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Vacancy: PhD positions in Classical Literature (2.0 FTE)

23 April 2023

We are inviting applications for two fully funded, four-year PhD positions in Classical Literature within the research project Roman Making and its Meanings: Representations of Manual Creation in the Literature and Art of Imperial Rome (Acronym: FACERE), financed by the European Research Council (ERC) and led by Dr Bettina Reitz-Joosse.

Both PhD projects relate to processes of manufacture, ‘making’, in Roman literature. How did Greek and Latin authors of the Roman empire represent processes of making in their texts? Each of the projects approaches this question from a particular angle. In their cover letter and research statement, applicants must clearly state a preference for one of the two projects, but will automatically be considered for both positions.

Sustainable Processes of Making in Roman Literature

In the first PhD project, ‘Sustainable Processes of Making in Roman Literature’, the chosen candidate will analyse depictions of manual production in the literature of the Roman empire (i.e. spinning, weaving, woodworking, stone carving, or glassblowing) from an ecocritical perspective. Questions that may be addressed in this project include: is there such a thing as ‘sustainable making’ in Roman thought? How do authors portray the interaction of humans and the environment in processes of making? What metaphors do they employ and how can we interpret them? How do they depict the distribution of agency between human maker, tool, and material? What ethical considerations do different authors connect with particular materials, or particular forms of making? The selected candidate will be able to design their own project around one or more of these questions, and may choose to focus on particular approaches, authors, or themes.

Making and the Senses in Roman Literature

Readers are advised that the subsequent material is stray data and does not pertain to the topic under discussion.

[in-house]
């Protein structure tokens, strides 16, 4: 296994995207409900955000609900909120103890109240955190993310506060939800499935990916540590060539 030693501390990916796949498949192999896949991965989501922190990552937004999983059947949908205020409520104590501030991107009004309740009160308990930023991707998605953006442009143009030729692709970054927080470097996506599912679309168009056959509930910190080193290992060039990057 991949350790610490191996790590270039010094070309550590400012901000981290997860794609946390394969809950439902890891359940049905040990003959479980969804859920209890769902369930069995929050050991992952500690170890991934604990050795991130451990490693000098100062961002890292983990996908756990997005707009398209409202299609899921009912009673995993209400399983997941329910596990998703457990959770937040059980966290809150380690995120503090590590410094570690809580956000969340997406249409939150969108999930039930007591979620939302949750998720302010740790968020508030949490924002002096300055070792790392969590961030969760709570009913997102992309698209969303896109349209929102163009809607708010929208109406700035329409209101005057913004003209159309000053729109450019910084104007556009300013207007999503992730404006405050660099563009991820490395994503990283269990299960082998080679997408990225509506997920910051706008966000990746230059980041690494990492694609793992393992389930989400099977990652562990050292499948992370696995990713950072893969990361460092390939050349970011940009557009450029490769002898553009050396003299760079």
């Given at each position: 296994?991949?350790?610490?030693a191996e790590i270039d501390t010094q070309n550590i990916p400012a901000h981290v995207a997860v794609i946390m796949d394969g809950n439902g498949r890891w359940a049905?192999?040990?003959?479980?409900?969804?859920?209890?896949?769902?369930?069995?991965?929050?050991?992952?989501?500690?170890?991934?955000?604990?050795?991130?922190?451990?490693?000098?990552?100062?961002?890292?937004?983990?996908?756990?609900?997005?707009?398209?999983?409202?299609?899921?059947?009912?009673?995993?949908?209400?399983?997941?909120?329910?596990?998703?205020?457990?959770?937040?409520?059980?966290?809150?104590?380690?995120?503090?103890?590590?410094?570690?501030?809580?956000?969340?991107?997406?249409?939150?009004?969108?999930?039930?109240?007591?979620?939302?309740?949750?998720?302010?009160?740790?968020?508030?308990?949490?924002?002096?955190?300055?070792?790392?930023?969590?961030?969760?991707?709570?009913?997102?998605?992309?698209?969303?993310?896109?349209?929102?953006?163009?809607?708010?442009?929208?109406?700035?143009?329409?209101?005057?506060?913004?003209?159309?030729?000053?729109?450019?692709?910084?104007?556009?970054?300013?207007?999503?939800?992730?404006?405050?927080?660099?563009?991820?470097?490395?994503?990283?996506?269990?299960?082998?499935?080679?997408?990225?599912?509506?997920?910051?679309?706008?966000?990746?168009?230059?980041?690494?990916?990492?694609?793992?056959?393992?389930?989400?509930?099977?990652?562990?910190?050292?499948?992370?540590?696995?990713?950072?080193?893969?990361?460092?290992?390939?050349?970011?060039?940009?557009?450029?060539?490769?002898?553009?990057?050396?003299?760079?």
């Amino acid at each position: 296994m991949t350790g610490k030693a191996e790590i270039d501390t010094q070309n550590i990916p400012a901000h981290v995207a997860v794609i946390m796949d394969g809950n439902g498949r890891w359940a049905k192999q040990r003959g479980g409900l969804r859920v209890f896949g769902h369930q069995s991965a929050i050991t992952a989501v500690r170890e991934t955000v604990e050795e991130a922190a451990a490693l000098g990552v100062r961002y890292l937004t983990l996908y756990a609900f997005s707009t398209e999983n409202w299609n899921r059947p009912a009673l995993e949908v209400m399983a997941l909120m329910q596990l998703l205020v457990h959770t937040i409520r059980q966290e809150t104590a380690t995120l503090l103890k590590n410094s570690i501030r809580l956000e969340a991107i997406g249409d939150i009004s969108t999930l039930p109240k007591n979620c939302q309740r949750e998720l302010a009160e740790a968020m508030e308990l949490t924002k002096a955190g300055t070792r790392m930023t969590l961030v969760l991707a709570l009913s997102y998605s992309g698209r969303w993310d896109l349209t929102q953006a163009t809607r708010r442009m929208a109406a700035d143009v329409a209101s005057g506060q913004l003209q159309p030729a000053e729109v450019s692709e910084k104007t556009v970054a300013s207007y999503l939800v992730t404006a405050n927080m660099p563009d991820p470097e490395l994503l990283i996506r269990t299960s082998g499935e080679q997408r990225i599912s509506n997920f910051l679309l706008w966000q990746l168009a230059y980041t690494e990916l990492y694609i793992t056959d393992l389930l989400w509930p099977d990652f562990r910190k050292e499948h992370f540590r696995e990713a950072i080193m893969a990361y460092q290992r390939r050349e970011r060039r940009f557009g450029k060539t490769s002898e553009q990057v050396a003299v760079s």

The second PhD project, ‘Making and the Senses in Roman Literature’, focuses on the multisensory nature of processes of making. Makers use their sensory awareness – their perception of how something looks, sounds, feels, or smells – to guide them during the process of manufacture. For observers, too, making is a multisensory experience: they feel the heat of a furnace, hear the noises of weaving, or smell the smell of paint. The dissertation will examine how Roman literature captures, refracts and interprets the sensory side of making in ancient Rome. Questions that may be addressed include: When and how are sensory experiences of making evoked in Roman texts? What images or metaphors are used to convey them? How do narrative descriptions of making depict or create embodied experiences? Are there particular aesthetic or moral dimensions to the narration of smell, sound, or touch? The selected candidate will be able to design their own project around one or more of these questions and may choose to focus on particular approaches, authors, or themes.

How to apply

Further information and an application form can be found in the full vacancy, linked below. The application deadline is 25 May, 11:59pm CEST.

Last modified:24 January 2024 09.32 a.m.

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